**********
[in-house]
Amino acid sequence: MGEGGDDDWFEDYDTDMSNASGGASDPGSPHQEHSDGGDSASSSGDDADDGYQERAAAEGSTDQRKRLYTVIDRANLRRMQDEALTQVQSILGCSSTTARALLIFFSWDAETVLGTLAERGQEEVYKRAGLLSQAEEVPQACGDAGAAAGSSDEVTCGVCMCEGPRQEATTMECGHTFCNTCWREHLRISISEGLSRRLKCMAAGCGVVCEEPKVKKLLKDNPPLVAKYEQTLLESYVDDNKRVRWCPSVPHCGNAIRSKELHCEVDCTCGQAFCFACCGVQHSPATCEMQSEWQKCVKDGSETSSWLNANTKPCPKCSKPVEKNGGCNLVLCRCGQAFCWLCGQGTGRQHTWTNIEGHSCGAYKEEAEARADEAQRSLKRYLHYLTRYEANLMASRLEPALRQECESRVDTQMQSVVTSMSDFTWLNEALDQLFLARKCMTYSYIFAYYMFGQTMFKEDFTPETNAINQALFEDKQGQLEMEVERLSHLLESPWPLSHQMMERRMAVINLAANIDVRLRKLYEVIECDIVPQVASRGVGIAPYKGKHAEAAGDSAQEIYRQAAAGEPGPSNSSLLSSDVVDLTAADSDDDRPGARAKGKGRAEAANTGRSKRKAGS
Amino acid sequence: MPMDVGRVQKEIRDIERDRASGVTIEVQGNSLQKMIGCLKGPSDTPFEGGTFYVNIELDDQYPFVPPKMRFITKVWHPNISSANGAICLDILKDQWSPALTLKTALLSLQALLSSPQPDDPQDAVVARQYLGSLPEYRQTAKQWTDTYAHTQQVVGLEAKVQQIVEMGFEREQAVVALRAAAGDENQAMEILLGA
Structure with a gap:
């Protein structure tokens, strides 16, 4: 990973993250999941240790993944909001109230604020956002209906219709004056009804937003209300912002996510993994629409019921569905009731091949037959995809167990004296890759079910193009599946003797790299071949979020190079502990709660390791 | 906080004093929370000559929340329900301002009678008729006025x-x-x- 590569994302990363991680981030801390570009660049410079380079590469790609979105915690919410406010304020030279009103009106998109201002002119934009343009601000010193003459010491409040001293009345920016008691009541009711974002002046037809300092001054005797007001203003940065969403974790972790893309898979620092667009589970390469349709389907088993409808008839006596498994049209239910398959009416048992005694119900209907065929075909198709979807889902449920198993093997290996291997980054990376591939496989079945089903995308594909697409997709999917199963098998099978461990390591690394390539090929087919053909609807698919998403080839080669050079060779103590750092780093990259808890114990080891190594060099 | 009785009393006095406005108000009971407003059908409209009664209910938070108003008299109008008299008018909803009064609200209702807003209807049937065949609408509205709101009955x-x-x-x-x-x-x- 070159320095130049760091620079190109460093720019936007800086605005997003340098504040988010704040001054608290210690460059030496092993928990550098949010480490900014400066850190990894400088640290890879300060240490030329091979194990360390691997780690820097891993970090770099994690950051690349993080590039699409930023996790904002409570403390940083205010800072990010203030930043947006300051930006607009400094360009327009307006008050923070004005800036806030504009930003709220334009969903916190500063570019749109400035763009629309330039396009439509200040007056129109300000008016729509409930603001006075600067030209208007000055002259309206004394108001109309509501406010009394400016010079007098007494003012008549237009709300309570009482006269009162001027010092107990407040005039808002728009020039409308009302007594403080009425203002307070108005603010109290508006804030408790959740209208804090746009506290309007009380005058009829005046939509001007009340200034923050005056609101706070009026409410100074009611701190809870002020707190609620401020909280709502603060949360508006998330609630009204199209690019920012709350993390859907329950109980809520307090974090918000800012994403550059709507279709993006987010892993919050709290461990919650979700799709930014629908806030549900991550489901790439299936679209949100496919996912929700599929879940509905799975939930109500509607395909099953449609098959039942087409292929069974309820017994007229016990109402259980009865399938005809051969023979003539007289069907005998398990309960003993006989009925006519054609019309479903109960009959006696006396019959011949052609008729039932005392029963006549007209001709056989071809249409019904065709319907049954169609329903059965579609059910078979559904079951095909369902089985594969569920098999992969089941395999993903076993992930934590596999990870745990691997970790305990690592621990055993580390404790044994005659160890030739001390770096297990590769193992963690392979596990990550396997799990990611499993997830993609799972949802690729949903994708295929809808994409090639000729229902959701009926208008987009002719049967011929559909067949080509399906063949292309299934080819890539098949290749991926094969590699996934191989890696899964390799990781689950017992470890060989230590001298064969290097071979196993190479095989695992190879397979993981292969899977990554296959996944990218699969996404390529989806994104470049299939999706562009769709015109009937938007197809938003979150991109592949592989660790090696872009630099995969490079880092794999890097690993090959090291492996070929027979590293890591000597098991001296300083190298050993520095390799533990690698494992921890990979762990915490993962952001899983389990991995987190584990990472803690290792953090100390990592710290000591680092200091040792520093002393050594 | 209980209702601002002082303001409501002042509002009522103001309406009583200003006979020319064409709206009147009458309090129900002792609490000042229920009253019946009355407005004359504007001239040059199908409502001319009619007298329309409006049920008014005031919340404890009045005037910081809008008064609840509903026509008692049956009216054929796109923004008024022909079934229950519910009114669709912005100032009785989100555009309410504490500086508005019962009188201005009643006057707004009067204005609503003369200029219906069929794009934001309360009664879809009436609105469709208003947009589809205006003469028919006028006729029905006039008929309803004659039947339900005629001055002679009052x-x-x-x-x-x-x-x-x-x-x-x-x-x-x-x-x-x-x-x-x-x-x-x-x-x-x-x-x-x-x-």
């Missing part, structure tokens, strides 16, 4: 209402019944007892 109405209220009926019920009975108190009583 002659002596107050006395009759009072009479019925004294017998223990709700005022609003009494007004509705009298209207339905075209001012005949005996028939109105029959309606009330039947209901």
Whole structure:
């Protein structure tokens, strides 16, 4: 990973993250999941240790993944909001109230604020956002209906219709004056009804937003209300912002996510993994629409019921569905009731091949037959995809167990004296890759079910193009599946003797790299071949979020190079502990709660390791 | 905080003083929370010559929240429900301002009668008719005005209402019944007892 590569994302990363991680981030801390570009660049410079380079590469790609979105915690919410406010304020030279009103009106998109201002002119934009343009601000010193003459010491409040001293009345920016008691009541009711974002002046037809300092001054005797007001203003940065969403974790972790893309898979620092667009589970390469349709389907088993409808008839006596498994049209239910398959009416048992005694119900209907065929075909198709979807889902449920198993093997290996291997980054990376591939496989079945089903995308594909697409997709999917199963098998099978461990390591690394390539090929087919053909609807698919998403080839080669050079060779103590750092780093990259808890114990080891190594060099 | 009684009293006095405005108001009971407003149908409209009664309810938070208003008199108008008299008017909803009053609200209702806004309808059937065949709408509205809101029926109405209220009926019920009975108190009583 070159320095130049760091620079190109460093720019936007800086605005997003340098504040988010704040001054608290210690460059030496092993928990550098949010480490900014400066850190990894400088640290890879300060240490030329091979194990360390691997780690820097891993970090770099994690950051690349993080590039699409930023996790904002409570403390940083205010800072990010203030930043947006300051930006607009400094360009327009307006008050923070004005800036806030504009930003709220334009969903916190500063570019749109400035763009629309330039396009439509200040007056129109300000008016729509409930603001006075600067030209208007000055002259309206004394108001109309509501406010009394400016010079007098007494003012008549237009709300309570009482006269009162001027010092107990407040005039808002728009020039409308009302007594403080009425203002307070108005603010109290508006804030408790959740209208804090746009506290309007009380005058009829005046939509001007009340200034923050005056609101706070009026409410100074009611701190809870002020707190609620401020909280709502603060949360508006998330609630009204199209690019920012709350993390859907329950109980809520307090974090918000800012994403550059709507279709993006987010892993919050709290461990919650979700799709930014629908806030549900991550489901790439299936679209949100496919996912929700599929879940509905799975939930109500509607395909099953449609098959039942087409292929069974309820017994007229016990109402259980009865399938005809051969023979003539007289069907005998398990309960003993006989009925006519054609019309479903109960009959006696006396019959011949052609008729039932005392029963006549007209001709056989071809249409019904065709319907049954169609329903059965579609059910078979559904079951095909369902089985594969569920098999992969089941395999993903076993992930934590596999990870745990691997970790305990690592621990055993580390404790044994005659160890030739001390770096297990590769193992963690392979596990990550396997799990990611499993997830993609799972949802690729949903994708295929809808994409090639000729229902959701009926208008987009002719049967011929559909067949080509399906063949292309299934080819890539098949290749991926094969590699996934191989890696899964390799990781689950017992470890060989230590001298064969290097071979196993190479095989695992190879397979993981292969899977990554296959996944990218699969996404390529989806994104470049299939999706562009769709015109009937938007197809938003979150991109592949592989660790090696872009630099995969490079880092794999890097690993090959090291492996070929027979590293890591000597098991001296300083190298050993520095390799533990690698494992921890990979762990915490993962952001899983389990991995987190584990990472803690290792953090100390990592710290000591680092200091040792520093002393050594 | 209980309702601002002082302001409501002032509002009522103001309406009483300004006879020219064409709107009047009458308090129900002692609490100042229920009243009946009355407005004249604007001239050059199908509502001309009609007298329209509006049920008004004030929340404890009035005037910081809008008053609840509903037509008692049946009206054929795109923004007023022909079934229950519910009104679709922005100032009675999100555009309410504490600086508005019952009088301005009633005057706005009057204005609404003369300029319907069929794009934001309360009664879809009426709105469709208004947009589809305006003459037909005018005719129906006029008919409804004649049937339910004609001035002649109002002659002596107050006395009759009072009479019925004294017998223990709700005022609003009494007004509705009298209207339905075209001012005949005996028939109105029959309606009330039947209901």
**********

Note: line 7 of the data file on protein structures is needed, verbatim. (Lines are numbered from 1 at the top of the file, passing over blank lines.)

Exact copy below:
Whole structure: